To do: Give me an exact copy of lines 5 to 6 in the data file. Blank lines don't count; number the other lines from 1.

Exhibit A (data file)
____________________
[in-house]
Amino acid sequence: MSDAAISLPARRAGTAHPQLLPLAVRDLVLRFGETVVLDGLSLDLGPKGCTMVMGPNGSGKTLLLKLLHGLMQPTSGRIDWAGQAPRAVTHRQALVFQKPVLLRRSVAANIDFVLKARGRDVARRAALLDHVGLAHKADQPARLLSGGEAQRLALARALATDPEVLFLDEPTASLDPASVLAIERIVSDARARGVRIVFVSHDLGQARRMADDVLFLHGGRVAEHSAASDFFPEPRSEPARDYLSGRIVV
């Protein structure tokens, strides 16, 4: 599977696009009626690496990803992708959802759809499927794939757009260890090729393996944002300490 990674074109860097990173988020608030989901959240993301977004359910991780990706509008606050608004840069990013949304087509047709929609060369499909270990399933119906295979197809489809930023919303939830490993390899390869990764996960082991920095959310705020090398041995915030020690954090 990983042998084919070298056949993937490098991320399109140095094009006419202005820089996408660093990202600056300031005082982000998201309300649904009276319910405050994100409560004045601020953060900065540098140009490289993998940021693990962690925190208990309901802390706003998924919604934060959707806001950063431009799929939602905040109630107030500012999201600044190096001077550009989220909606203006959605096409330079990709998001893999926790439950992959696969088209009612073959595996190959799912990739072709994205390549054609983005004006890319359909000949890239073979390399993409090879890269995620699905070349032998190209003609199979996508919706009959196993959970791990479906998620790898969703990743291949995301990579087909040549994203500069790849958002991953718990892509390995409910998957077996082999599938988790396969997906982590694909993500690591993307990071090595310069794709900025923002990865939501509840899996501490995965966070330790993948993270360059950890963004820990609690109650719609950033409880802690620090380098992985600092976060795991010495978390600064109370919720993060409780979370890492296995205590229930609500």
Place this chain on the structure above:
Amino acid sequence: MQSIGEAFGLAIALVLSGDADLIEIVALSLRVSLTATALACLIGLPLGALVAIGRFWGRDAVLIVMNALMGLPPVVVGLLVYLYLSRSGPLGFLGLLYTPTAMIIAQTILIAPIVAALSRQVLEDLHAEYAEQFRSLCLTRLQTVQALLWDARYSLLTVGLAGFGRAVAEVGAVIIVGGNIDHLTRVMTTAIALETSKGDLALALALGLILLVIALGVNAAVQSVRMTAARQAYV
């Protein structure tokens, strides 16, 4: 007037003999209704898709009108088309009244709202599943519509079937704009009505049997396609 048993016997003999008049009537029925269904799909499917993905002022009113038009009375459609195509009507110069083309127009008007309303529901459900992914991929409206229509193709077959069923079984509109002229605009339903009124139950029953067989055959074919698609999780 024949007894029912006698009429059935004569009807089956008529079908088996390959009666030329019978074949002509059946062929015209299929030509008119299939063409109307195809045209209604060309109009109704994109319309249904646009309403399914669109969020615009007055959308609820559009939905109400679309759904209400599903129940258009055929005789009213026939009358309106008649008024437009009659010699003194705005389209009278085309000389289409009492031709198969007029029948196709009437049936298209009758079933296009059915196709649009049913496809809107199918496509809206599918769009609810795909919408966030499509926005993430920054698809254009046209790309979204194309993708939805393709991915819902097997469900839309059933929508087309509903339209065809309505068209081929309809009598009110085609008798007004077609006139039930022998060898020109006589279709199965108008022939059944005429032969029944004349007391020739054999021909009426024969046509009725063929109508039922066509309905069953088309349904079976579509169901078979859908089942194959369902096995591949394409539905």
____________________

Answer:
Amino acid sequence: MQSIGEAFGLAIALVLSGDADLIEIVALSLRVSLTATALACLIGLPLGALVAIGRFWGRDAVLIVMNALMGLPPVVVGLLVYLYLSRSGPLGFLGLLYTPTAMIIAQTILIAPIVAALSRQVLEDLHAEYAEQFRSLCLTRLQTVQALLWDARYSLLTVGLAGFGRAVAEVGAVIIVGGNIDHLTRVMTTAIALETSKGDLALALALGLILLVIALGVNAAVQSVRMTAARQAYV
């Protein structure tokens, strides 16, 4: 007037003999209704898709009108088309009244709202599943519509079937704009009505049997396609 048993016997003999008049009537029925269904799909499917993905002022009113038009009375459609195509009507110069083309127009008007309303529901459900992914991929409206229509193709077959069923079984509109002229605009339903009124139950029953067989055959074919698609999780 024949007894029912006698009429059935004569009807089956008529079908088996390959009666030329019978074949002509059946062929015209299929030509008119299939063409109307195809045209209604060309109009109704994109319309249904646009309403399914669109969020615009007055959308609820559009939905109400679309759904209400599903129940258009055929005789009213026939009358309106008649008024437009009659010699003194705005389209009278085309000389289409009492031709198969007029029948196709009437049936298209009758079933296009059915196709649009049913496809809107199918496509809206599918769009609810795909919408966030499509926005993430920054698809254009046209790309979204194309993708939805393709991915819902097997469900839309059933929508087309509903339209065809309505068209081929309809009598009110085609008798007004077609006139039930022998060898020109006589279709199965108008022939059944005429032969029944004349007391020739054999021909009426024969046509009725063929109508039922066509309905069953088309349904079976579509169901078979859908089942194959369902096995591949394409539905």